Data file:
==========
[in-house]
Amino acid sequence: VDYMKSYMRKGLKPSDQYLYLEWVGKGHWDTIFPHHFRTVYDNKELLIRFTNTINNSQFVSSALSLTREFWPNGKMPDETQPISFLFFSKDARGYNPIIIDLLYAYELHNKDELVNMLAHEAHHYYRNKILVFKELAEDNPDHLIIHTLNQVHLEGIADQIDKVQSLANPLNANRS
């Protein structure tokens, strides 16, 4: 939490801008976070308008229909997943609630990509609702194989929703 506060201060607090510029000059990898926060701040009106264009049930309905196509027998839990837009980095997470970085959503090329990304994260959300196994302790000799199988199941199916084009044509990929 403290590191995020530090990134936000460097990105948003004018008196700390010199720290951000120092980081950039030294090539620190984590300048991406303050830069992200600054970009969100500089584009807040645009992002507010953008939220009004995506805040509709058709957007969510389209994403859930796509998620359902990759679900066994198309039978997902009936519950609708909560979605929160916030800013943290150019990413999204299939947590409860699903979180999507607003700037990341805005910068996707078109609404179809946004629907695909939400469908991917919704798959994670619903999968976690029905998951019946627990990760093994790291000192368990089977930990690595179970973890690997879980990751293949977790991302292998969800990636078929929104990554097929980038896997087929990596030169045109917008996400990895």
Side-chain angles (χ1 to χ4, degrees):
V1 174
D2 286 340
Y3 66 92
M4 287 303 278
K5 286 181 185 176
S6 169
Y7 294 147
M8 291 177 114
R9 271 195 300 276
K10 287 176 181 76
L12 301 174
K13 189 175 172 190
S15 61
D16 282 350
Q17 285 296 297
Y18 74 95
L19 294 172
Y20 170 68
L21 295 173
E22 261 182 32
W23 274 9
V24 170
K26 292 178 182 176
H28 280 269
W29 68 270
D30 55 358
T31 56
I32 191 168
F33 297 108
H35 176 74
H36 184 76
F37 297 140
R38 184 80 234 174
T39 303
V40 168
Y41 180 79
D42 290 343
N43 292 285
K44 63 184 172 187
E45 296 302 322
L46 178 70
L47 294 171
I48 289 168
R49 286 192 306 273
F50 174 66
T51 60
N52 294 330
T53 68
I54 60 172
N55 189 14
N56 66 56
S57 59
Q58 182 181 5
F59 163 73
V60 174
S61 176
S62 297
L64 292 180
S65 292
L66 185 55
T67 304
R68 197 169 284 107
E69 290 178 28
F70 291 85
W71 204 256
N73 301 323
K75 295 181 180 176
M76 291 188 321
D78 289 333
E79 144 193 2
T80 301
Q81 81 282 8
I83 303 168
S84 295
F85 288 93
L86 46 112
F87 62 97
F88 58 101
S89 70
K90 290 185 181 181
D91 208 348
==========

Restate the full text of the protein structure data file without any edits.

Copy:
[in-house]
Amino acid sequence: VDYMKSYMRKGLKPSDQYLYLEWVGKGHWDTIFPHHFRTVYDNKELLIRFTNTINNSQFVSSALSLTREFWPNGKMPDETQPISFLFFSKDARGYNPIIIDLLYAYELHNKDELVNMLAHEAHHYYRNKILVFKELAEDNPDHLIIHTLNQVHLEGIADQIDKVQSLANPLNANRS
């Protein structure tokens, strides 16, 4: 939490801008976070308008229909997943609630990509609702194989929703 506060201060607090510029000059990898926060701040009106264009049930309905196509027998839990837009980095997470970085959503090329990304994260959300196994302790000799199988199941199916084009044509990929 403290590191995020530090990134936000460097990105948003004018008196700390010199720290951000120092980081950039030294090539620190984590300048991406303050830069992200600054970009969100500089584009807040645009992002507010953008939220009004995506805040509709058709957007969510389209994403859930796509998620359902990759679900066994198309039978997902009936519950609708909560979605929160916030800013943290150019990413999204299939947590409860699903979180999507607003700037990341805005910068996707078109609404179809946004629907695909939400469908991917919704798959994670619903999968976690029905998951019946627990990760093994790291000192368990089977930990690595179970973890690997879980990751293949977790991302292998969800990636078929929104990554097929980038896997087929990596030169045109917008996400990895």
Side-chain angles (χ1 to χ4, degrees):
V1 174
D2 286 340
Y3 66 92
M4 287 303 278
K5 286 181 185 176
S6 169
Y7 294 147
M8 291 177 114
R9 271 195 300 276
K10 287 176 181 76
L12 301 174
K13 189 175 172 190
S15 61
D16 282 350
Q17 285 296 297
Y18 74 95
L19 294 172
Y20 170 68
L21 295 173
E22 261 182 32
W23 274 9
V24 170
K26 292 178 182 176
H28 280 269
W29 68 270
D30 55 358
T31 56
I32 191 168
F33 297 108
H35 176 74
H36 184 76
F37 297 140
R38 184 80 234 174
T39 303
V40 168
Y41 180 79
D42 290 343
N43 292 285
K44 63 184 172 187
E45 296 302 322
L46 178 70
L47 294 171
I48 289 168
R49 286 192 306 273
F50 174 66
T51 60
N52 294 330
T53 68
I54 60 172
N55 189 14
N56 66 56
S57 59
Q58 182 181 5
F59 163 73
V60 174
S61 176
S62 297
L64 292 180
S65 292
L66 185 55
T67 304
R68 197 169 284 107
E69 290 178 28
F70 291 85
W71 204 256
N73 301 323
K75 295 181 180 176
M76 291 188 321
D78 289 333
E79 144 193 2
T80 301
Q81 81 282 8
I83 303 168
S84 295
F85 288 93
L86 46 112
F87 62 97
F88 58 101
S89 70
K90 290 185 181 181
D91 208 348